But others in the GOP conference are showing openness to raising the debt ceiling without concessions, at least temporarily, and keeping the fight on the CR.
That’s the position of Heritage Action for America CEO Michael Needham, who was a principle pusher of the defund-Obamacare-through-the-CR strategy. On Wednesday, Needham said his “tactic” for dismantling Obamacare “is to focus on the CR.”
He’s not alone.
Conservative columnist Erick Erickson wrote an op-ed Monday that advised Republicans to raise the debt ceiling but keep the Obamacare fight going on the CR.
“I think there is a discussion of separating the two, maybe make sure we don’t default and continue to fight spending levels,” said Rep. Jack Kingston, R-Ga, a senior appropriator.
The push for an escape hatch could grow as polls show the party taking a beating over the shutdown and Wall Street gets nervous as a default gets closer. A new Gallup poll released Wednesday showed the Republican Party dipping to the lowest approval rating on record going back 20 years — 28 percent, down 10 points in a month.
Democrats and the White House say they are open to negotiations, provided the GOP opens the government and extends the debt ceiling in the meantime.
Budget Committee ranking member Chris Van Hollen of Maryland told reporters Wednesday that there could be agreement on a set of principles to guide lawmakers on a path to a negotiated fiscal 2014 budget.
“There may be room to find a sliver of hope,” he said.
There were small signals of movement Wednesday — and speculation about whether both parties could agree on a budget framework that would include at a minimum a short-term debt limit hike.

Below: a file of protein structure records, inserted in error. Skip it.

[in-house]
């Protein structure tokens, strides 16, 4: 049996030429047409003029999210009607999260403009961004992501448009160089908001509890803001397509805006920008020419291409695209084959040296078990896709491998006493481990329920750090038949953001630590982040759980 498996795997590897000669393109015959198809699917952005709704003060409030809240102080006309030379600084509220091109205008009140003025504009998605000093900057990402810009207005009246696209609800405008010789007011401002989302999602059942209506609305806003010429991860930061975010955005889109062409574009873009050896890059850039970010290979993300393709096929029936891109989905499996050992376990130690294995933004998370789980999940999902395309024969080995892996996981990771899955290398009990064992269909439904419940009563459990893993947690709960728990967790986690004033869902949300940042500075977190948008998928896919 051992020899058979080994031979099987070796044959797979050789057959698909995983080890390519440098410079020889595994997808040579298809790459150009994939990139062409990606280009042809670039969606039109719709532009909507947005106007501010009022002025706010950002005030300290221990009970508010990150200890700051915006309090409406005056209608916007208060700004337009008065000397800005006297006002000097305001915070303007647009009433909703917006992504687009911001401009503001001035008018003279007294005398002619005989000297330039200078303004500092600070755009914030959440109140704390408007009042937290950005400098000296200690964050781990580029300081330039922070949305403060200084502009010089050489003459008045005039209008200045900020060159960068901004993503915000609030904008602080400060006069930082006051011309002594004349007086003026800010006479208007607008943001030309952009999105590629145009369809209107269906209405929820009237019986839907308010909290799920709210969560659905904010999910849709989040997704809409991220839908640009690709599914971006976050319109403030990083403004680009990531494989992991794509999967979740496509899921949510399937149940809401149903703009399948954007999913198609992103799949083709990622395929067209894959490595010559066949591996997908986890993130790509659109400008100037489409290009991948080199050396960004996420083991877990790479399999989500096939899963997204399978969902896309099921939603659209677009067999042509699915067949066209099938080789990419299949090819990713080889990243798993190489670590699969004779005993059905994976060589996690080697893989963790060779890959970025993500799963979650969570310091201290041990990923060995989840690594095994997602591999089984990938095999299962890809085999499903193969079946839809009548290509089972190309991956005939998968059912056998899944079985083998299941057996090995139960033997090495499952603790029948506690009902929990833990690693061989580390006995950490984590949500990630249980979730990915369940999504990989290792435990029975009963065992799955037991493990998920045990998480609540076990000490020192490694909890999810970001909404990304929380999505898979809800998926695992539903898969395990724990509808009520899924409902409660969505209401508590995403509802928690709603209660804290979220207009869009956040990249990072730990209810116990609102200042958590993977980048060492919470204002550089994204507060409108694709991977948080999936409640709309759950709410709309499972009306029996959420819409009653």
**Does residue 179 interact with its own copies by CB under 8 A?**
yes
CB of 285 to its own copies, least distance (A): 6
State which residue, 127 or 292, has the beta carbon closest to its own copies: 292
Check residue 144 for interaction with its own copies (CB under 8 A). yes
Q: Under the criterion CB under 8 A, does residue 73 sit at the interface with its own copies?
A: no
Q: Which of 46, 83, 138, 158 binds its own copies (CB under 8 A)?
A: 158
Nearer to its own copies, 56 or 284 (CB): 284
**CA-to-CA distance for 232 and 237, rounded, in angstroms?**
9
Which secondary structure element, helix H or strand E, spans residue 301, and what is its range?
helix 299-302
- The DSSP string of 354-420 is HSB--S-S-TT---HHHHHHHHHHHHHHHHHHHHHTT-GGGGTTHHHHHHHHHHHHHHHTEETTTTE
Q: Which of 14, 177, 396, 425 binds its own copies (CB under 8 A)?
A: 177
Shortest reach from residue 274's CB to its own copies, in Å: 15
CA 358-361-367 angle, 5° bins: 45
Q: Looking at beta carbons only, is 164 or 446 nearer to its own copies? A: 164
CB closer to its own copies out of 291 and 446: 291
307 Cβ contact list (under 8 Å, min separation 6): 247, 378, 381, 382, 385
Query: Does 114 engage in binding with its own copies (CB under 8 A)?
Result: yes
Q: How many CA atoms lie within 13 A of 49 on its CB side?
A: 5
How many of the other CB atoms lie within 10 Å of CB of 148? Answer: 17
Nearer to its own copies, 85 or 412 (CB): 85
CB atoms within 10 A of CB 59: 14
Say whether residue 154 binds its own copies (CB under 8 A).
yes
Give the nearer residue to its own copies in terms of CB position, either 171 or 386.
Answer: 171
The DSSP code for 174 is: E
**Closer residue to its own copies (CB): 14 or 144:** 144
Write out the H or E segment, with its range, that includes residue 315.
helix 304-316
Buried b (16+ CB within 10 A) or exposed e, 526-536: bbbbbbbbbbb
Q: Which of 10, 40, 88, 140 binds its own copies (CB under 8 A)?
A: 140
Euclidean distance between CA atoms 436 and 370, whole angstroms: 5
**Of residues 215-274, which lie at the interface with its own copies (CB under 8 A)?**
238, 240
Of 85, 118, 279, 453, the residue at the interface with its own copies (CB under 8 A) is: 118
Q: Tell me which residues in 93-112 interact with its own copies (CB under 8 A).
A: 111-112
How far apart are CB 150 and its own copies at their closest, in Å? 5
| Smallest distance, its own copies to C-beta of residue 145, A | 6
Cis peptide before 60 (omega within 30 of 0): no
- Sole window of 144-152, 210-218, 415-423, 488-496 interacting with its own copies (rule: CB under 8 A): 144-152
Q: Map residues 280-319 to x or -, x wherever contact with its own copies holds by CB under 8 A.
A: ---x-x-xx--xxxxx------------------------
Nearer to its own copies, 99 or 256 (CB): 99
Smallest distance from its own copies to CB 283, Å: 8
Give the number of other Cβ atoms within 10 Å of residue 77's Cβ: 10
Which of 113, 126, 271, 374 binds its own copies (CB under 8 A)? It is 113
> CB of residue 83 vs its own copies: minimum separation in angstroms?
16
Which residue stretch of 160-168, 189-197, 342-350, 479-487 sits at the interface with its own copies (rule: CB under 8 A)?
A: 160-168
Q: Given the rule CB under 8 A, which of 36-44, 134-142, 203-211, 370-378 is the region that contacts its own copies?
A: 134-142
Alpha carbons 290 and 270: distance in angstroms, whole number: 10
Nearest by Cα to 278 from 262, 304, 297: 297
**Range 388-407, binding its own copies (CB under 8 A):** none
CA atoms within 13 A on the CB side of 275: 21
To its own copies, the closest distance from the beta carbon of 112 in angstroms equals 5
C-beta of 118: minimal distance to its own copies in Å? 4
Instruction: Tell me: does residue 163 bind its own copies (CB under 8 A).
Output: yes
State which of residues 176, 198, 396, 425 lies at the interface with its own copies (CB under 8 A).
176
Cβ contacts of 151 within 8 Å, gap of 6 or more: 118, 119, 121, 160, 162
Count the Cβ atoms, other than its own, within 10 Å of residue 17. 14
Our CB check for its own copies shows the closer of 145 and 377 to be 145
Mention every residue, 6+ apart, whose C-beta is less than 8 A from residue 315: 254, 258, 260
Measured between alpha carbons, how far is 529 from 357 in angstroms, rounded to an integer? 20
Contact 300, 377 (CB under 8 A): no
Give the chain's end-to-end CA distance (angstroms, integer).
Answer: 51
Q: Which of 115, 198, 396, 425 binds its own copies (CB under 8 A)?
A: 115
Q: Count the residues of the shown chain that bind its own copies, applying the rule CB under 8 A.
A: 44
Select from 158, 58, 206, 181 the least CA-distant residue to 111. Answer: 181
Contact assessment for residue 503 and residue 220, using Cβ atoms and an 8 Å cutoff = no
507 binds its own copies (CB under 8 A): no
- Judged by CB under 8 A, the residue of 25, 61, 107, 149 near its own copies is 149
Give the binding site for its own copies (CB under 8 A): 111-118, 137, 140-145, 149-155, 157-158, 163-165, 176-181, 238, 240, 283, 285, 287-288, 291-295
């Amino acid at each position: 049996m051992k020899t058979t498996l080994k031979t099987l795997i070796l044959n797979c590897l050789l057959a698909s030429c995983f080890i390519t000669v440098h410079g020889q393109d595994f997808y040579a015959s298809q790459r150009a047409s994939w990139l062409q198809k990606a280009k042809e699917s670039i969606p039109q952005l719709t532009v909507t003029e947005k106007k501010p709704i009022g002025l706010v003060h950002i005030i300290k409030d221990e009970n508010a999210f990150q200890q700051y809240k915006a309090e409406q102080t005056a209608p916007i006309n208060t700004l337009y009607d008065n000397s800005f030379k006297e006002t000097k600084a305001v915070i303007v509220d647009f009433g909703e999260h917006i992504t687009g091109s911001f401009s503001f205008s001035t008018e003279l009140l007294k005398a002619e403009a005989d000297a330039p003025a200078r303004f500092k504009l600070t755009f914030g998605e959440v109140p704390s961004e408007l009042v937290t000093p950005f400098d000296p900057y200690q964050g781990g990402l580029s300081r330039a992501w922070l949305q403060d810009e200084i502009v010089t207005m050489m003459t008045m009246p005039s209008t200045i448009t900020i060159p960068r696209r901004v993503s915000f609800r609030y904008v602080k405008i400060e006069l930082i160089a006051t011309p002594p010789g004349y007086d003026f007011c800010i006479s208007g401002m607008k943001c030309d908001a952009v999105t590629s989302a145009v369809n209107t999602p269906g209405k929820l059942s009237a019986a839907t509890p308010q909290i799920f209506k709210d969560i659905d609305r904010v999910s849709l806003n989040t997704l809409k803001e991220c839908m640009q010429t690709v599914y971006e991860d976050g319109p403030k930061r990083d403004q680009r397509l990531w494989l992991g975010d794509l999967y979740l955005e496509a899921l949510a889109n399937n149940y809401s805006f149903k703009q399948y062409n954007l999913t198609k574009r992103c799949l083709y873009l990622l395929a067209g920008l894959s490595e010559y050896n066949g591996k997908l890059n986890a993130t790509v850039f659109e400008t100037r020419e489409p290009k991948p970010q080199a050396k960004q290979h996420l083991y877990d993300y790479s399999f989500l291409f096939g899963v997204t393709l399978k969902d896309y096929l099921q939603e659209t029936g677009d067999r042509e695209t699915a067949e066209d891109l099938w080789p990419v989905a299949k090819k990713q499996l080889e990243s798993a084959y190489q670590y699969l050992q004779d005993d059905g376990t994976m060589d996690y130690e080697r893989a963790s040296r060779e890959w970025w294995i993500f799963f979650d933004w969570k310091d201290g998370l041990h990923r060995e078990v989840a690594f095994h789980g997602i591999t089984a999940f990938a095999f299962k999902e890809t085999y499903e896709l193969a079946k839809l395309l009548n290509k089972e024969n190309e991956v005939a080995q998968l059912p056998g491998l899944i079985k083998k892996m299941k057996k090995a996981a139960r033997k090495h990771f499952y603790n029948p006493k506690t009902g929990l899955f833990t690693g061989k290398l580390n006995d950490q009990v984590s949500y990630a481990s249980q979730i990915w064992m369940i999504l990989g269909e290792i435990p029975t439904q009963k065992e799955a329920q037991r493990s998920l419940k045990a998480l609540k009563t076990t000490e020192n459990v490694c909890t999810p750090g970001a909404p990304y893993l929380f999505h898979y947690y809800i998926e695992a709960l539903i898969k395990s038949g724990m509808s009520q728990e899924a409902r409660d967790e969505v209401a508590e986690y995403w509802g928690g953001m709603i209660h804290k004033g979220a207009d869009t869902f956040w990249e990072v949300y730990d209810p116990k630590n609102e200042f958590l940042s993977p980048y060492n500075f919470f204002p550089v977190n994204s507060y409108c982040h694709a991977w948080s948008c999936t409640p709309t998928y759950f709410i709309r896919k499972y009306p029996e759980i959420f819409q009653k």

First, Boehner and Majority Leader Eric Cantor met with Minority Leader Nancy Pelosi and Minority Whip Steny H. Hoyer. And the leaders seemed tight-lipped — a typical sign of progress.
President Barack Obama also invited the entire House Republican Conference to the White House Thursday. But Republicans were hopeful that a “smaller group of negotiators” would create a more fruitful discussion. Among the 18 Republicans headed to the White House? Ryan, the House Budget chairman.
Emma Dumain contributed to this report.
October 5, 2013
On day five of the government shutdown and Congress’s second consecutive Saturday session, House Democrats made more overtures to Republicans in an effort to keep the pressure on them and show the outside world that they are willing to negotiate.
Whether the GOP is prepared to bite, or whether Democrats are making the kind of concessions necessary to satisfy a small group of centrist Republicans who want very specific sweeteners as conditions of voting to reopen the government or raise the debt limit, remain to be seen.
Democrats announced Saturday that, in exchange for Republicans appointing conferees to hash out a long dormant budget resolution, they would forfeit their right to offer a “motion to instruct” the House conferees. That’s a tactic minority lawmakers are allowed to employ if a conference report hasn’t been filed within 20 days of appointing conferees. It’s also one of the few devices available to the minority party to break majority hegemony in the House.
A motion to instruct, while non-binding, would essentially tell conferees to take a certain position in the House-Senate conference negotiations. It’s often designed to put members on record on a politically loaded position.
Speaker John A. Boehner, R-Ohio, said last April that he was reluctant to appoint conferees because motions to instruct “become politically motivated bombs to throw up on the House floor.”
“We will give up that right,” said the Budget Committee’s ranking member, Chris Van Hollen, D-Md., on Saturday.
A conference on the budget would be a victory for House and Senate Democrats, who have been clamoring for the opportunity to negotiate with Republicans on a comprehensive spending blueprint before passing individual spending bills in their respective chambers.
The timing of finally convening a bicameral budget conference would also be significant given the current Oct. 17 deadline for Congress to agree on legislation to raise the debt limit. It’s becoming likely that the debt limit will be rolled into a package that also contains a government-funding continuing resolution along with some provisions on deficit reduction.